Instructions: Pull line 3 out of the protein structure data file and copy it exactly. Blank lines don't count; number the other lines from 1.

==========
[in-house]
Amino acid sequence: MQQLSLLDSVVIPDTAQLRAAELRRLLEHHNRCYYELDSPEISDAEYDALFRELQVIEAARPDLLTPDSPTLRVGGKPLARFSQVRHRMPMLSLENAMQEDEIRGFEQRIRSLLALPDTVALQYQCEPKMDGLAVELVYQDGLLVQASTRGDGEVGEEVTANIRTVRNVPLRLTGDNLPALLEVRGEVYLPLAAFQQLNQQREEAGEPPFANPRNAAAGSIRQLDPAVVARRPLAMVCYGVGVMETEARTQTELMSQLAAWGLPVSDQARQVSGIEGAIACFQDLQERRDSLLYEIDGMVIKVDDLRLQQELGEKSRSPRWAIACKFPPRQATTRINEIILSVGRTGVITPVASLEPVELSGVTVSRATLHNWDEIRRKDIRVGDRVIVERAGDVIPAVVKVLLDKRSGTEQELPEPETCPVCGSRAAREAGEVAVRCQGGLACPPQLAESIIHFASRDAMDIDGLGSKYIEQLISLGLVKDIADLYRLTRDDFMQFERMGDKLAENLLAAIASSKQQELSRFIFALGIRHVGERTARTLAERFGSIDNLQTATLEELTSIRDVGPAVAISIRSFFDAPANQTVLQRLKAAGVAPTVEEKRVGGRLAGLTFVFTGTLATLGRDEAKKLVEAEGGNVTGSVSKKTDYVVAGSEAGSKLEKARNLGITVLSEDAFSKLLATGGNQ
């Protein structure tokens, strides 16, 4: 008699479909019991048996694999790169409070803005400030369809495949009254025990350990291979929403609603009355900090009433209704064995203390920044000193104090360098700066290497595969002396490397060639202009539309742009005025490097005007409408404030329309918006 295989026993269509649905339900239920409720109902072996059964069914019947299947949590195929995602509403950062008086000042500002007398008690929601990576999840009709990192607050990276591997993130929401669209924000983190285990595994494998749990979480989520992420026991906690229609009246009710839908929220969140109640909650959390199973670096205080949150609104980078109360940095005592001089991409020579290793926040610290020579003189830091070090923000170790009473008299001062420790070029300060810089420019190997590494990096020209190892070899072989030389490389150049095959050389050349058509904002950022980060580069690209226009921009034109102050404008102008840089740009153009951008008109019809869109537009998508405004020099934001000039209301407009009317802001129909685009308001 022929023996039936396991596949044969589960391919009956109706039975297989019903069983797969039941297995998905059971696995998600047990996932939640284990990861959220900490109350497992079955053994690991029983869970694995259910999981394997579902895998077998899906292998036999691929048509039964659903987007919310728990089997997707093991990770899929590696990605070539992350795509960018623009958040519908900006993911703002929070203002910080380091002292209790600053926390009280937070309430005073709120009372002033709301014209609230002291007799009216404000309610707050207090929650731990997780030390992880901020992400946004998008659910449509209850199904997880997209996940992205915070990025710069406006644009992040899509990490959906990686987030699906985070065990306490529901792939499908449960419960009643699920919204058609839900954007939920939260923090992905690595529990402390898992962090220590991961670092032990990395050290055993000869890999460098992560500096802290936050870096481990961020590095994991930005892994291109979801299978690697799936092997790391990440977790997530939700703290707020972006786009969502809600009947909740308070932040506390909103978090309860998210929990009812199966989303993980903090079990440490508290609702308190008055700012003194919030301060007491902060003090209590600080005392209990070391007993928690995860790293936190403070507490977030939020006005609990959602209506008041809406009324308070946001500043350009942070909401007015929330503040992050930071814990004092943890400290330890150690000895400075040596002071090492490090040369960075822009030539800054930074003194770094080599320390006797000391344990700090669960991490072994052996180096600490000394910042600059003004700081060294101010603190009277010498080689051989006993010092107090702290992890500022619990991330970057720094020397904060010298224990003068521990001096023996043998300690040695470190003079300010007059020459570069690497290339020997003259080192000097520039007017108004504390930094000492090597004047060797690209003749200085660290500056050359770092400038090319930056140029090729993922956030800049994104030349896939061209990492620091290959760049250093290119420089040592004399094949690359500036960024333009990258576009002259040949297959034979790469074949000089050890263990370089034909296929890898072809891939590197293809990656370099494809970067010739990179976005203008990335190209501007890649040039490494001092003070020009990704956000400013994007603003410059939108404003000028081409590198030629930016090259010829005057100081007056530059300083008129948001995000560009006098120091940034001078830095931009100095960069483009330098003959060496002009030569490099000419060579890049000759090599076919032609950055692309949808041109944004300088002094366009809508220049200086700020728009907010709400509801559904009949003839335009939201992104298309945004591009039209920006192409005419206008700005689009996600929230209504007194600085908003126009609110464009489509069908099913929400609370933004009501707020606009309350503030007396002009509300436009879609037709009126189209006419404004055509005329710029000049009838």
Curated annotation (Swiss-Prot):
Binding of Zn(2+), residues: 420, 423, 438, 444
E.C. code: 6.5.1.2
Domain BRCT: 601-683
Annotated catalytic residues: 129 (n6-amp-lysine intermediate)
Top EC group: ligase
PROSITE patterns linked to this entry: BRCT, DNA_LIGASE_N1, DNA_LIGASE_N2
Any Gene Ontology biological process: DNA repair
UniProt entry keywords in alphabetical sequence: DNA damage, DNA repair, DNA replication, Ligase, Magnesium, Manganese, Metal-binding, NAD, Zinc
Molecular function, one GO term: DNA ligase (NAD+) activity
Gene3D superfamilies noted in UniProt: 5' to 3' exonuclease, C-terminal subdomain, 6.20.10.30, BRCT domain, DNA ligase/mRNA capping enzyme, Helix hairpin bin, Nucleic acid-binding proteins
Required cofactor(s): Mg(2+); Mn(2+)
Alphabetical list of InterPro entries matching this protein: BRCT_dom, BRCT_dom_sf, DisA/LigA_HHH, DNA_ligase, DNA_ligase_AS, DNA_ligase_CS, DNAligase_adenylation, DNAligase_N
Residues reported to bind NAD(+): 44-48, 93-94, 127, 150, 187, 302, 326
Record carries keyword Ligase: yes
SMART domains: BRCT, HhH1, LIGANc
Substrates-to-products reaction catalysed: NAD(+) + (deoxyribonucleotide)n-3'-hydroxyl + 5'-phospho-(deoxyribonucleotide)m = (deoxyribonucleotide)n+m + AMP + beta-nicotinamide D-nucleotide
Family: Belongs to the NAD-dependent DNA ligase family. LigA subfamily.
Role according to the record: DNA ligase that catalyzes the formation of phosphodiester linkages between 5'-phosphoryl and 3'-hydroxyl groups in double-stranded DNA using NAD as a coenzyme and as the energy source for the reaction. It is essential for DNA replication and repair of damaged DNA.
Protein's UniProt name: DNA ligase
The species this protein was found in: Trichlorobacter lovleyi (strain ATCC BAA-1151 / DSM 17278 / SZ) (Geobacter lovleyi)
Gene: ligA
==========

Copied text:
């Protein structure tokens, strides 16, 4: 008699479909019991048996694999790169409070803005400030369809495949009254025990350990291979929403609603009355900090009433209704064995203390920044000193104090360098700066290497595969002396490397060639202009539309742009005025490097005007409408404030329309918006 295989026993269509649905339900239920409720109902072996059964069914019947299947949590195929995602509403950062008086000042500002007398008690929601990576999840009709990192607050990276591997993130929401669209924000983190285990595994494998749990979480989520992420026991906690229609009246009710839908929220969140109640909650959390199973670096205080949150609104980078109360940095005592001089991409020579290793926040610290020579003189830091070090923000170790009473008299001062420790070029300060810089420019190997590494990096020209190892070899072989030389490389150049095959050389050349058509904002950022980060580069690209226009921009034109102050404008102008840089740009153009951008008109019809869109537009998508405004020099934001000039209301407009009317802001129909685009308001 022929023996039936396991596949044969589960391919009956109706039975297989019903069983797969039941297995998905059971696995998600047990996932939640284990990861959220900490109350497992079955053994690991029983869970694995259910999981394997579902895998077998899906292998036999691929048509039964659903987007919310728990089997997707093991990770899929590696990605070539992350795509960018623009958040519908900006993911703002929070203002910080380091002292209790600053926390009280937070309430005073709120009372002033709301014209609230002291007799009216404000309610707050207090929650731990997780030390992880901020992400946004998008659910449509209850199904997880997209996940992205915070990025710069406006644009992040899509990490959906990686987030699906985070065990306490529901792939499908449960419960009643699920919204058609839900954007939920939260923090992905690595529990402390898992962090220590991961670092032990990395050290055993000869890999460098992560500096802290936050870096481990961020590095994991930005892994291109979801299978690697799936092997790391990440977790997530939700703290707020972006786009969502809600009947909740308070932040506390909103978090309860998210929990009812199966989303993980903090079990440490508290609702308190008055700012003194919030301060007491902060003090209590600080005392209990070391007993928690995860790293936190403070507490977030939020006005609990959602209506008041809406009324308070946001500043350009942070909401007015929330503040992050930071814990004092943890400290330890150690000895400075040596002071090492490090040369960075822009030539800054930074003194770094080599320390006797000391344990700090669960991490072994052996180096600490000394910042600059003004700081060294101010603190009277010498080689051989006993010092107090702290992890500022619990991330970057720094020397904060010298224990003068521990001096023996043998300690040695470190003079300010007059020459570069690497290339020997003259080192000097520039007017108004504390930094000492090597004047060797690209003749200085660290500056050359770092400038090319930056140029090729993922956030800049994104030349896939061209990492620091290959760049250093290119420089040592004399094949690359500036960024333009990258576009002259040949297959034979790469074949000089050890263990370089034909296929890898072809891939590197293809990656370099494809970067010739990179976005203008990335190209501007890649040039490494001092003070020009990704956000400013994007603003410059939108404003000028081409590198030629930016090259010829005057100081007056530059300083008129948001995000560009006098120091940034001078830095931009100095960069483009330098003959060496002009030569490099000419060579890049000759090599076919032609950055692309949808041109944004300088002094366009809508220049200086700020728009907010709400509801559904009949003839335009939201992104298309945004591009039209920006192409005419206008700005689009996600929230209504007194600085908003126009609110464009489509069908099913929400609370933004009501707020606009309350503030007396002009509300436009879609037709009126189209006419404004055509005329710029000049009838």